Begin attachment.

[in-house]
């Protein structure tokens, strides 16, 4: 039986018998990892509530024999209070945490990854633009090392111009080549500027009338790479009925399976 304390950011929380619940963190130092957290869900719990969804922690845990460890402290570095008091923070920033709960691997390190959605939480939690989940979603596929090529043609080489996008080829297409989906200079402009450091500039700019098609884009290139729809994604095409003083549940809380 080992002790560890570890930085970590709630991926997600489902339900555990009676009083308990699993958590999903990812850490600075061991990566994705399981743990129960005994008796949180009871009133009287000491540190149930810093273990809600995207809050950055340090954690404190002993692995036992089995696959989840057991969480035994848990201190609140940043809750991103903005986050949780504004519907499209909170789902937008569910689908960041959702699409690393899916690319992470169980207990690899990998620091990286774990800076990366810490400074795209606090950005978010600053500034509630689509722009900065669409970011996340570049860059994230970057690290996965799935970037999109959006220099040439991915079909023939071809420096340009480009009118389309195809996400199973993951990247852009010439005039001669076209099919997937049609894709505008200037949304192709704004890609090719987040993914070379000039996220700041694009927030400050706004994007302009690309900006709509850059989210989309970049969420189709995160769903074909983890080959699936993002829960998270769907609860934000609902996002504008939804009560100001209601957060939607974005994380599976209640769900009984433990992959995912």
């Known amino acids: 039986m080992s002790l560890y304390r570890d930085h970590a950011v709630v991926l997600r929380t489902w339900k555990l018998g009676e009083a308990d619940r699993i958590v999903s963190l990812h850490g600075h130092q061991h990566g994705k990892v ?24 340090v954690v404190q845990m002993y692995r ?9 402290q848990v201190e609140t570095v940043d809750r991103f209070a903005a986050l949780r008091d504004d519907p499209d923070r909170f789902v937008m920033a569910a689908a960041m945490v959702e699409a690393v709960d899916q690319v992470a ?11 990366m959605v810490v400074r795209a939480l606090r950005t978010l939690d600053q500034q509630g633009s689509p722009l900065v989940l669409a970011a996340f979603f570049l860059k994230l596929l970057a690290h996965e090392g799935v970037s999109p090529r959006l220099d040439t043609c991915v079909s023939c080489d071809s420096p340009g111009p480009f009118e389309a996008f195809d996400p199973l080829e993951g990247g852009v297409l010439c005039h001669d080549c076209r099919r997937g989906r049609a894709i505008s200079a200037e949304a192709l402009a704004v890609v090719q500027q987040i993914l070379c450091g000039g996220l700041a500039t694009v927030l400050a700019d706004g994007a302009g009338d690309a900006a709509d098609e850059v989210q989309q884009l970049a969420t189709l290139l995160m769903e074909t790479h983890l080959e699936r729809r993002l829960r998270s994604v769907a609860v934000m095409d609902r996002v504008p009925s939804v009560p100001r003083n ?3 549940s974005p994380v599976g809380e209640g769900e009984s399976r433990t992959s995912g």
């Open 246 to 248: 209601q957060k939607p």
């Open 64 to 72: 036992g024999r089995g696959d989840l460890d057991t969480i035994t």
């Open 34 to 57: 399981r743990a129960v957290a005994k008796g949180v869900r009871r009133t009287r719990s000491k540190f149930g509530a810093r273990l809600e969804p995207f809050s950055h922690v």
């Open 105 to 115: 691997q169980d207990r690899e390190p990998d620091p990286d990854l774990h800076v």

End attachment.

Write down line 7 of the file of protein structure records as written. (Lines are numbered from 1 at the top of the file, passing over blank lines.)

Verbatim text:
């Open 105 to 115: 691997q169980d207990r690899e390190p990998d620091p990286d990854l774990h800076v």